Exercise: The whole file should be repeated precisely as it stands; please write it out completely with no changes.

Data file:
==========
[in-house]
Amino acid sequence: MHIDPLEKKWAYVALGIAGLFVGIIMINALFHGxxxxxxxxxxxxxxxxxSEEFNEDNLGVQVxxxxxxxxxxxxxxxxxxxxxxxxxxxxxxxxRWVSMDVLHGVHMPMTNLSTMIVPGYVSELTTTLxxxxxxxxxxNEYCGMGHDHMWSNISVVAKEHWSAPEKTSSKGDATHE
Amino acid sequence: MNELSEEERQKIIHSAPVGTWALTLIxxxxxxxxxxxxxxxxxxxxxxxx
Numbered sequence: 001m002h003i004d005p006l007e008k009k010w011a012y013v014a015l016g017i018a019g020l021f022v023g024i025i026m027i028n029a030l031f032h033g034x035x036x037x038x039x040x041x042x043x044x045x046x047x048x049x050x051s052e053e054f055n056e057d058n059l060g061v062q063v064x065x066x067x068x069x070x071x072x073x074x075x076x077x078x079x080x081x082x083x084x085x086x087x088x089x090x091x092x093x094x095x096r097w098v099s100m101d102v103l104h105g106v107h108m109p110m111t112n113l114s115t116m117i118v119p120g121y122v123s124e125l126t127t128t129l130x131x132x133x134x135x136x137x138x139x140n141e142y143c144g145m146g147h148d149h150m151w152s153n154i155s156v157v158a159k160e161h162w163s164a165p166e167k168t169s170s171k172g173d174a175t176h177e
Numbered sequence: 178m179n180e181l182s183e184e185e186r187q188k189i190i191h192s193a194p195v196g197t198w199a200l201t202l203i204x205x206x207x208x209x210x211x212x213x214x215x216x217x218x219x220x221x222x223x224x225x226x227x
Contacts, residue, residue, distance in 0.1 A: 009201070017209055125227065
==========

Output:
[in-house]
Amino acid sequence: MHIDPLEKKWAYVALGIAGLFVGIIMINALFHGxxxxxxxxxxxxxxxxxSEEFNEDNLGVQVxxxxxxxxxxxxxxxxxxxxxxxxxxxxxxxxRWVSMDVLHGVHMPMTNLSTMIVPGYVSELTTTLxxxxxxxxxxNEYCGMGHDHMWSNISVVAKEHWSAPEKTSSKGDATHE
Amino acid sequence: MNELSEEERQKIIHSAPVGTWALTLIxxxxxxxxxxxxxxxxxxxxxxxx
Numbered sequence: 001m002h003i004d005p006l007e008k009k010w011a012y013v014a015l016g017i018a019g020l021f022v023g024i025i026m027i028n029a030l031f032h033g034x035x036x037x038x039x040x041x042x043x044x045x046x047x048x049x050x051s052e053e054f055n056e057d058n059l060g061v062q063v064x065x066x067x068x069x070x071x072x073x074x075x076x077x078x079x080x081x082x083x084x085x086x087x088x089x090x091x092x093x094x095x096r097w098v099s100m101d102v103l104h105g106v107h108m109p110m111t112n113l114s115t116m117i118v119p120g121y122v123s124e125l126t127t128t129l130x131x132x133x134x135x136x137x138x139x140n141e142y143c144g145m146g147h148d149h150m151w152s153n154i155s156v157v158a159k160e161h162w163s164a165p166e167k168t169s170s171k172g173d174a175t176h177e
Numbered sequence: 178m179n180e181l182s183e184e185e186r187q188k189i190i191h192s193a194p195v196g197t198w199a200l201t202l203i204x205x206x207x208x209x210x211x212x213x214x215x216x217x218x219x220x221x222x223x224x225x226x227x
Contacts, residue, residue, distance in 0.1 A: 009201070017209055125227065